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While training at the gym 11-year-old tomboy Toni becomes entranced with a dance troupe. As she struggles to fit in she finds herself caught up in danger as the group begins to suffer from fainting spells and other violent fits.
Anna Rose Holmer
Pug, a wisecracking 13 year old living on a dangerous Westside block, has one goal in mind: to join The Twelve O'Clock Boys; the notorious urban dirt-bike gang of Baltimore. Converging from all parts of the inner city, they invade the streets and clash with police, who are forbidden to chase the bikes for fear of endangering the public. When Pug's older brother dies suddenly, he looks to the pack for mentorship, spurred by their dangerous lifestyle. Pug's story is coupled with unprecedented, action-packed coverage of the riders in their element. The film presents the pivotal years of change in a boy's life growing up in one of the most dangerous and economically depressed cities in the US.Written by
The audio wasn't always that good, especially in the beginning and it was difficult to understand what Pug was saying. But as I hung in there either the audio improved or I grew accustomed to his speech or both.
From some of the reviews the hatred and disdain are apparent but the fact of the matter is that this is documentary offering a slice of 'another' culture, and whether one likes it or not, that 'is' their culture that has been imposed upon them for various reasons be they political, social, or economic. So the film is showing how Pug and his family live and not how the viewers may wish that they lived.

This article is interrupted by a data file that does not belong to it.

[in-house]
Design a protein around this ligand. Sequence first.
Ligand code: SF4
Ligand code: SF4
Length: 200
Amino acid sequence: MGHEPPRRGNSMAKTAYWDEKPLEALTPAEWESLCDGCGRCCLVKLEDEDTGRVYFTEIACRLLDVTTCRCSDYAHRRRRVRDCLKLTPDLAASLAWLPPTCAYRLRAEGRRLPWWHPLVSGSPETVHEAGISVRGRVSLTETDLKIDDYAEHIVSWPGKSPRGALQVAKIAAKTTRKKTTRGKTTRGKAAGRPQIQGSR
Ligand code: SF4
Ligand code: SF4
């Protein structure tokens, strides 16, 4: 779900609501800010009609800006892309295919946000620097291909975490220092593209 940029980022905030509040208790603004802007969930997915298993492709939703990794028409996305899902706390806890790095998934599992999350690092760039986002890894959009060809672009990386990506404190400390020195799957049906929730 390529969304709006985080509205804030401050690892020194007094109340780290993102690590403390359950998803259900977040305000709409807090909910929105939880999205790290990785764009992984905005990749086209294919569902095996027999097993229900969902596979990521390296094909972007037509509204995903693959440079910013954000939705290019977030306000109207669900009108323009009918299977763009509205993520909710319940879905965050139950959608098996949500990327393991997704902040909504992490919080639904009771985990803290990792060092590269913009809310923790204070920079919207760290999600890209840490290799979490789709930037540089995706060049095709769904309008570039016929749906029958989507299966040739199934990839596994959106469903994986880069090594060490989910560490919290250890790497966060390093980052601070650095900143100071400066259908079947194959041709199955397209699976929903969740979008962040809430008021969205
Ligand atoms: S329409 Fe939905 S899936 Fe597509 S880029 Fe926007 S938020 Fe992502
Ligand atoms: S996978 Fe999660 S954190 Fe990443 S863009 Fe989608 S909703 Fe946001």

Superficially Coco is a lousy mother and yet it made perfect sense that she was because she's doing the best she can with what she has available. She'd been a stripper ("exotic dancer") in her youth which meant someone had failed to get through to her the importance of education. So she capitalized on the only thing she 'thought' she had going for her. Now she's older and interested in health care and enrolls in a course to help get a job and seemed to do pretty well learning CPR which only went to show she'd lacked proper direction in her youth. Unfortunately the cycle continues with Pug because her cursing is basically the limit of her vocabulary and merely her frustration at her inability to effectively convey the importance of education to Pug - because she regrets the mistakes of her life and clearly sees the dangerous route he's about to embark upon.
Pug stated at least one teacher disliked him,and having experienced instances when teachers disliked me and I was wrongfully punished for things I hadn't done, I can understand the attractiveness of the freedom and notoriety of being a 12 O'clock Boy to a young boy compared with schooling. Sadly however his youth blinds him to the broader picture.
Nice little twist for an ending. After he'd successfully stolen back his bike, being in the van gave meaning to the reason he was in the van in the opening scene. I wonder what Pug and Coco think about Baltimmore being currently in the news because of the "Knockas"?
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